Well, the original company has been through a variety of incarnations...
That's true. Bozart and Cerealart.

---

On good design, affordability, and her top picks
DT: How do you see the baby- and kid-related design world these days?
PA: Actually, I find as a design critic, everywhere I go for children's design, I find it nauseating. It is really so bad.

Really?? It seems to me that design-conscious parents either have to go with really high-end, expensive stuff or IKEA, which is also a dilemma because you don't necessarily want to get mass-produced, cheap des--
Not cheap, affordable. Ikea is affordable. [She pronounces it ee-KAY-ah, and as we talk I want to, too, but I can't, because it'd be so obvious that I'm a poseur.]
Right, affordable, but the perception, too, is that it's cheap and everyone within the radius of Ikea has it, too and--
Really, people have this idea that by overpaying for something, they're getting good design, and it's not the case. Affordability is very important.

I remember how stunned I was when I saw this chair for dad and child. It's a double armchair, and it bascially has the child propped up so he is as tall as the dad. It was maybe two years ago, but I think it's still there, yes. I mean, the idea that the little boy can be as tall as his dad, this is just so sweet.

Well, I think what a lot of people do--I know we do it--is to pick one or two kind of classic things, maybe, and then fill out the rest, so to speak, with Ikea, because their basics are really simple and...affordable. Are there just no other good or interesting products out there, do you think? Why is that?
Well, partly, I must say, is that since I do not have children myself, I do not follow this category so closely. But it is also the case that there are not many good resources--magazines, journals--in the design world that publishes this information, either. Perhaps just a few websites [hey! over here!], but there needs to be more attention to this area.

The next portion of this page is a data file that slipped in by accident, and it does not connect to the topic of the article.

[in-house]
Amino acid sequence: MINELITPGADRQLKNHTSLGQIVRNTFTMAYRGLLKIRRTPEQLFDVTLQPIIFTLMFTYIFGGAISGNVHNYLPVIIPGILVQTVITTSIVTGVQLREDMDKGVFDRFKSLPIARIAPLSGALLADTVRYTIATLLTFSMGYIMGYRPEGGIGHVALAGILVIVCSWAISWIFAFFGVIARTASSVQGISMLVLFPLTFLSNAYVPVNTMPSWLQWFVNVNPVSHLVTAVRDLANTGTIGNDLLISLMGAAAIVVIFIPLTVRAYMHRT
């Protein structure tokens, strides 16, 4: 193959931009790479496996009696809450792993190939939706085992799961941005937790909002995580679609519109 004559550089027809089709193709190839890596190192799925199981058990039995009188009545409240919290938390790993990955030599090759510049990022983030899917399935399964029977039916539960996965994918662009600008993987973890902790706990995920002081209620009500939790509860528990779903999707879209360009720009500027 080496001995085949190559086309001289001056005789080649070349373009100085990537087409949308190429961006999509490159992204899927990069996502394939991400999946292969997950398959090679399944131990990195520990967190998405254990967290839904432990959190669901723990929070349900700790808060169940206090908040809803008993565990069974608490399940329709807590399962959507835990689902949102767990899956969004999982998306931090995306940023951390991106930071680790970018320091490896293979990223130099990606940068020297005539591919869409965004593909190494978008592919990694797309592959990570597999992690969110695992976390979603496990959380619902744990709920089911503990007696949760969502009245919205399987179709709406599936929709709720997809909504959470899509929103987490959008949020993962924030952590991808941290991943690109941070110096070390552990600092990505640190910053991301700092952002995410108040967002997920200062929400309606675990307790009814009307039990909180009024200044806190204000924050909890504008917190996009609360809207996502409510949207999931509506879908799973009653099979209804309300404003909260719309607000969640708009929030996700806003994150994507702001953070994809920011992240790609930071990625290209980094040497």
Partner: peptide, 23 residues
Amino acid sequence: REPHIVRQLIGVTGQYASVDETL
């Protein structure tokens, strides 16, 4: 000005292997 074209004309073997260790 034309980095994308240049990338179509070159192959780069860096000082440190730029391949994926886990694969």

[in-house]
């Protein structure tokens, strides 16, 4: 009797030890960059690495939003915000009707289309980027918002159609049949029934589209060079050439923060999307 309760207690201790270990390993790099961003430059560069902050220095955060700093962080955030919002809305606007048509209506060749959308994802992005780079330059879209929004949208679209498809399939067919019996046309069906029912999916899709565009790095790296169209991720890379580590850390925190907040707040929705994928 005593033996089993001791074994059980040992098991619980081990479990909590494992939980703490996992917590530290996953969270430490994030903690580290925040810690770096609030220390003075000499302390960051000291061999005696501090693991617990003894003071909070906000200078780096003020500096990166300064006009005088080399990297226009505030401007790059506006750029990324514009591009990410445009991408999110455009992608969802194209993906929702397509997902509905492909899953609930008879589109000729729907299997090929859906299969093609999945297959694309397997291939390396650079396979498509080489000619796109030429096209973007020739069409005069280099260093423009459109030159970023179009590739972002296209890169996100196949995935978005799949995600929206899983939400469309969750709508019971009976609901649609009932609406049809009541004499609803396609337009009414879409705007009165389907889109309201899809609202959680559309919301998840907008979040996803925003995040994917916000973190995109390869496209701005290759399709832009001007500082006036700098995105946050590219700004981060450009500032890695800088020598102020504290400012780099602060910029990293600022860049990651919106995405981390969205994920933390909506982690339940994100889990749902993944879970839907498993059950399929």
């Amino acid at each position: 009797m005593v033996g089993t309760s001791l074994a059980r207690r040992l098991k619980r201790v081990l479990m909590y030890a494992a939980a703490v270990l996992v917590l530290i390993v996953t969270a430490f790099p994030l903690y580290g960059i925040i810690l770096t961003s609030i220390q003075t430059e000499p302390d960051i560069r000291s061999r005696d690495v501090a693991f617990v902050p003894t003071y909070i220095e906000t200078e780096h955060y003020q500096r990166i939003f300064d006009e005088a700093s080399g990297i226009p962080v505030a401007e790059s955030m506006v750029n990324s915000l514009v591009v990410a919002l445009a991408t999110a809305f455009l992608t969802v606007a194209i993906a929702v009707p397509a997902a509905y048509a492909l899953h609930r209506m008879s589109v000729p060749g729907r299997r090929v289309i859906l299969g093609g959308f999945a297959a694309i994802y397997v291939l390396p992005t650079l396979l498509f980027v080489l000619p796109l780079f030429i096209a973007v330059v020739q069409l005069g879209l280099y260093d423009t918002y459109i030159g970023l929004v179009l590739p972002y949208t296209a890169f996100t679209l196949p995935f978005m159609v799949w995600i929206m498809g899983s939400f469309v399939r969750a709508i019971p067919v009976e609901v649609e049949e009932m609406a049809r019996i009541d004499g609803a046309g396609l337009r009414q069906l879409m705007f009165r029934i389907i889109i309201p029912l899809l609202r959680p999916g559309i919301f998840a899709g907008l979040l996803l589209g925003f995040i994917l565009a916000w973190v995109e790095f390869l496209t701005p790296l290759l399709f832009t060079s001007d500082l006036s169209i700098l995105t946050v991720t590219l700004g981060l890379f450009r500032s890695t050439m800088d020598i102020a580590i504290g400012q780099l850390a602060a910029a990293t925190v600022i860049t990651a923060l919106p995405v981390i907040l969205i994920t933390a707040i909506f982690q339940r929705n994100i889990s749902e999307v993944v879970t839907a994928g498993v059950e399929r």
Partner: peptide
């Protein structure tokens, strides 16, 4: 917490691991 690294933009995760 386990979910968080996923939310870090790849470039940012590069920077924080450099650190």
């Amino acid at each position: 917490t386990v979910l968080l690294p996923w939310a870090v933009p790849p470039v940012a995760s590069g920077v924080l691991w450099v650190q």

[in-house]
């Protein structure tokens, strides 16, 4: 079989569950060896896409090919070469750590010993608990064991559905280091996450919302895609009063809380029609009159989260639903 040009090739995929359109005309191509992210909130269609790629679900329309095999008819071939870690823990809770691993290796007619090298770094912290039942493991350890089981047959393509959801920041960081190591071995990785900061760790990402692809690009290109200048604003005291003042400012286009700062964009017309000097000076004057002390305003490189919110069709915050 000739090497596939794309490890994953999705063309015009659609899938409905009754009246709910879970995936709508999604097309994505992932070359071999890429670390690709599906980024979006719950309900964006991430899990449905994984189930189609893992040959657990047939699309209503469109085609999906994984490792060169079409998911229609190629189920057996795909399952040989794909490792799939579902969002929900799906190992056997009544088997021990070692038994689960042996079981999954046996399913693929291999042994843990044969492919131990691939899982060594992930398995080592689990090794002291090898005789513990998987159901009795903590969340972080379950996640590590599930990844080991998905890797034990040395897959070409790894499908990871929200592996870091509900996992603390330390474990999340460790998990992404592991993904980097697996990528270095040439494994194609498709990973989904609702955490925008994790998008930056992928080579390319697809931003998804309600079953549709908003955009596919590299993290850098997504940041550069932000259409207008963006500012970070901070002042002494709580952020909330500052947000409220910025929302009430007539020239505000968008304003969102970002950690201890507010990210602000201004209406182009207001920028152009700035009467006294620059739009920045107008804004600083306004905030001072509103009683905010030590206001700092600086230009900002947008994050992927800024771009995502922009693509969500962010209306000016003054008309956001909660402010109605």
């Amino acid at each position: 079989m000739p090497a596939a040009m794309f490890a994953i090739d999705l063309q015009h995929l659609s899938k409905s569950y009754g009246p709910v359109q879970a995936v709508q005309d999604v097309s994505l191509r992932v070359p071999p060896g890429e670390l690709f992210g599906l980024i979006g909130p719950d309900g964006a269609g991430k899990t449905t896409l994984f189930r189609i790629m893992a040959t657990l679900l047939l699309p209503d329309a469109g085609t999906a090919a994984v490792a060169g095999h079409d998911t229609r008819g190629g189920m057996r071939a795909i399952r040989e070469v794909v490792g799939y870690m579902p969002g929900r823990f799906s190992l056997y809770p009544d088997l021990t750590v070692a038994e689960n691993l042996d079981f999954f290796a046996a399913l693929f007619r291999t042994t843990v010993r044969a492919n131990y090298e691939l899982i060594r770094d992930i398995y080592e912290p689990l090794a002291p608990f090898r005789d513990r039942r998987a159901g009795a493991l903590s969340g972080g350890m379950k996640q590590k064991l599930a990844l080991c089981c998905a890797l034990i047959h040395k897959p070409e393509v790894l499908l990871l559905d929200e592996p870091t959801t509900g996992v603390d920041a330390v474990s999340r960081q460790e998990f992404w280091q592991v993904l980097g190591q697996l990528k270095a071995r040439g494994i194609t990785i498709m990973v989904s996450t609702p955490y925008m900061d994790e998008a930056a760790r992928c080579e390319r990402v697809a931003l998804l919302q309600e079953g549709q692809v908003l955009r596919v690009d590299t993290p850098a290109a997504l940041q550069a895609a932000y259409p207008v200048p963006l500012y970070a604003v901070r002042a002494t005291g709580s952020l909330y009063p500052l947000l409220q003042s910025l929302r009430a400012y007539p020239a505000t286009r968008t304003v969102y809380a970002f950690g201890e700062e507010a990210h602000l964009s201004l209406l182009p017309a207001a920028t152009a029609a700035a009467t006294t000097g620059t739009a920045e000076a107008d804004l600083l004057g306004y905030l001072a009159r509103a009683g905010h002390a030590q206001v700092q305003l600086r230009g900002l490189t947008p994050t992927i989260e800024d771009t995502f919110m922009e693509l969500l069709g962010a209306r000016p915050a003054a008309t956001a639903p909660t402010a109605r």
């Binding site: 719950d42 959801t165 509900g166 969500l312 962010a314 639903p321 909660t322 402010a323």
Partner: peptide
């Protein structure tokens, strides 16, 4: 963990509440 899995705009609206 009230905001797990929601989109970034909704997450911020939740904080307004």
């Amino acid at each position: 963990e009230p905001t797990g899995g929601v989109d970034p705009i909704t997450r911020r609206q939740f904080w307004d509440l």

But the kids that I know, they seem to love awful, little tacky things, Barbies and sparkly things, It would be very interesting to see a company that made designs that were exactly what kids themselves wanted.
Very interesting, indeed.

Related: The Ikea PS Trivas double armchair

2 Comments

I think you mean Laurie Simmons not Lorne Simpsons who made the doll house.

K

[thanks for catching that. it's fixed now. -ed.]

While I agree that we have problems with product liability and litigiousness in this country, I have to take exception to Paola's first answer. Every one of the warning labels and statements you see on a piece of children's furniture is written in the blood of someone's child. They are not there because companies want to absolve themselves of responsibilty, they are there because someone on a CPSC or JPMA standards committee looking at incident data decided they should be there. It's got nothing to do with "protectionism," and everything to do with "protection."

In the last 25 years, crib deaths have plunged in this country solely because of regulations and testing. Yet there was, sadly, a death due to a faulty (recalled) crib only a few weeks ago, proving that we still have progress to make. And that's something I think about literally every day.

[I don't think protection and protectionism are mutually exclusive, and her perspective is typical of someone who watched the effect of a single EU standard replace 14 separate national design safety regimes. And there's a distinction between CPSC labelling and "caution: hold knife by other end"-style disclaimers. -ed.]